Institutionalising High Performance Culture in AirSub

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Zubir Azhar


Manuscript type: Research paper

Research aims: This study aims to examine the institutionalisation of high performance culture (HPC) in a Malaysian government-linked company’s subsidiary that recently undertook a re-engineering exercise to improve financial performance. Specifically, it analyses the institutionalisation of HPC by relating to the role of performance measures in influencing the process of change.

Design/Methodology/Approach: The process of institutionalising the HPC in the studied subsidiary is analysed using a qualitative research approach. This study presents an interpretive case study by drawing on institutional theory which focuses on the issue of legitimacy with a special reference being made to the hierarchical complexity of the subsidiary’s business model in managing airport operations.

Research findings:The re-engineering exercise undertaken by the subsidiary, which aimed at promoting HPC that concerned financial performance improvement, appeared to have legitimised institutional relationships with various stakeholders. While this promotion appeared to correspond well with its commercial and technical objectives that drove its business financially, there seemed to be much discourse which related to its past role in rendering public services.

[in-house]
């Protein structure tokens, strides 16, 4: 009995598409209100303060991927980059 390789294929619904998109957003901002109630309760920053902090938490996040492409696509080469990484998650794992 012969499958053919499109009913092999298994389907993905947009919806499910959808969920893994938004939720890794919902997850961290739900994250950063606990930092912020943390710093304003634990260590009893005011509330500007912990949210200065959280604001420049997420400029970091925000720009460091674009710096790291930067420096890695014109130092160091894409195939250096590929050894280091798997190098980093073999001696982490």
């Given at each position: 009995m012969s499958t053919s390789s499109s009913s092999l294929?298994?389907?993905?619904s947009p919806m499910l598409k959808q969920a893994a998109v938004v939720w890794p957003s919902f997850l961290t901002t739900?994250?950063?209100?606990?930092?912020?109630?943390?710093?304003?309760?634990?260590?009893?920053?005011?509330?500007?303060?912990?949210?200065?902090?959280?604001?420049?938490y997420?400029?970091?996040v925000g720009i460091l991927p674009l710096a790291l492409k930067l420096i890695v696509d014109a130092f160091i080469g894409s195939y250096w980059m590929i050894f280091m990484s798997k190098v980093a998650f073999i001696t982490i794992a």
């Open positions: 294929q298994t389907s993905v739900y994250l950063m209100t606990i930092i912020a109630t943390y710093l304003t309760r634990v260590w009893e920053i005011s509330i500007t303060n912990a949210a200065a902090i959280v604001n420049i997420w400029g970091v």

Theoretical contributions/Originality: This study contributes to understanding the legitimacy at the hierarchical-organisational level. It highlights the importance of sustaining the legitimacy from being challenged by any single source of pressure which appeared to have been competing with (an)other pressure(s).

Practitioner/Policy implication: Although HPC had shifted the orientation of the subsidiary from being largely concerned with technical operations to also considering commercial activities, the shift towards emphasising the importance of financial performance (measures) had not fully eliminated the public sector’s path dependence. Thus, there is a need for business managers (including accountants) to appreciate business complexity in making informed decisions by leveraging on appropriate performance measuresthat would consequently impact organisational performance.

Research limitation/Implication: This study has analysed a single organisation’s subsidiary. Hence, any generalisation to other subsidiaries is deemed inappropriate.


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